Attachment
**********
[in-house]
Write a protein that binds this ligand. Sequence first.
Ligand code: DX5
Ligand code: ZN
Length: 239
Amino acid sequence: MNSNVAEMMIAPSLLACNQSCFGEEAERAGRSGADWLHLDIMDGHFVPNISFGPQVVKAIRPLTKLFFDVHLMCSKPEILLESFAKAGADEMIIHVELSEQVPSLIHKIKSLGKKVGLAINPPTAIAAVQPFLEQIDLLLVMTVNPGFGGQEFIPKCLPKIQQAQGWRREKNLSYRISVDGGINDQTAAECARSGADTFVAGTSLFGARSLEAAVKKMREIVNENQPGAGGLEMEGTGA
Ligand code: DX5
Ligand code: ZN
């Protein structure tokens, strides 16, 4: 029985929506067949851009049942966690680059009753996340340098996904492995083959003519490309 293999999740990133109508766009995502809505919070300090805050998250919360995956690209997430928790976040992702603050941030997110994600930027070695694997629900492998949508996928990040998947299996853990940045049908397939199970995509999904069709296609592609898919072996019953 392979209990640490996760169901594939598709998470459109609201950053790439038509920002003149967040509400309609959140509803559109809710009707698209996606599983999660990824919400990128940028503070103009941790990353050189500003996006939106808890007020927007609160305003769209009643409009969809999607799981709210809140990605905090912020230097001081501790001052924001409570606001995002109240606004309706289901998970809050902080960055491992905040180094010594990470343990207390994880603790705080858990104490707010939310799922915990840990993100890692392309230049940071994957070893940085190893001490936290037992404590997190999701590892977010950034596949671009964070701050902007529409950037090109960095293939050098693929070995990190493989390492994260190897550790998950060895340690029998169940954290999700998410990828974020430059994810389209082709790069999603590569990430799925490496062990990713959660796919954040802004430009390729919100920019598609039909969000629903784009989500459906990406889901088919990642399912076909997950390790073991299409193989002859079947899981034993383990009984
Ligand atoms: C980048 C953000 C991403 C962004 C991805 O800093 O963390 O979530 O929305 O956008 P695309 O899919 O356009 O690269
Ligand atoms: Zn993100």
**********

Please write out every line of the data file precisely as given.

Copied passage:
[in-house]
Write a protein that binds this ligand. Sequence first.
Ligand code: DX5
Ligand code: ZN
Length: 239
Amino acid sequence: MNSNVAEMMIAPSLLACNQSCFGEEAERAGRSGADWLHLDIMDGHFVPNISFGPQVVKAIRPLTKLFFDVHLMCSKPEILLESFAKAGADEMIIHVELSEQVPSLIHKIKSLGKKVGLAINPPTAIAAVQPFLEQIDLLLVMTVNPGFGGQEFIPKCLPKIQQAQGWRREKNLSYRISVDGGINDQTAAECARSGADTFVAGTSLFGARSLEAAVKKMREIVNENQPGAGGLEMEGTGA
Ligand code: DX5
Ligand code: ZN
């Protein structure tokens, strides 16, 4: 029985929506067949851009049942966690680059009753996340340098996904492995083959003519490309 293999999740990133109508766009995502809505919070300090805050998250919360995956690209997430928790976040992702603050941030997110994600930027070695694997629900492998949508996928990040998947299996853990940045049908397939199970995509999904069709296609592609898919072996019953 392979209990640490996760169901594939598709998470459109609201950053790439038509920002003149967040509400309609959140509803559109809710009707698209996606599983999660990824919400990128940028503070103009941790990353050189500003996006939106808890007020927007609160305003769209009643409009969809999607799981709210809140990605905090912020230097001081501790001052924001409570606001995002109240606004309706289901998970809050902080960055491992905040180094010594990470343990207390994880603790705080858990104490707010939310799922915990840990993100890692392309230049940071994957070893940085190893001490936290037992404590997190999701590892977010950034596949671009964070701050902007529409950037090109960095293939050098693929070995990190493989390492994260190897550790998950060895340690029998169940954290999700998410990828974020430059994810389209082709790069999603590569990430799925490496062990990713959660796919954040802004430009390729919100920019598609039909969000629903784009989500459906990406889901088919990642399912076909997950390790073991299409193989002859079947899981034993383990009984
Ligand atoms: C980048 C953000 C991403 C962004 C991805 O800093 O963390 O979530 O929305 O956008 P695309 O899919 O356009 O690269
Ligand atoms: Zn993100």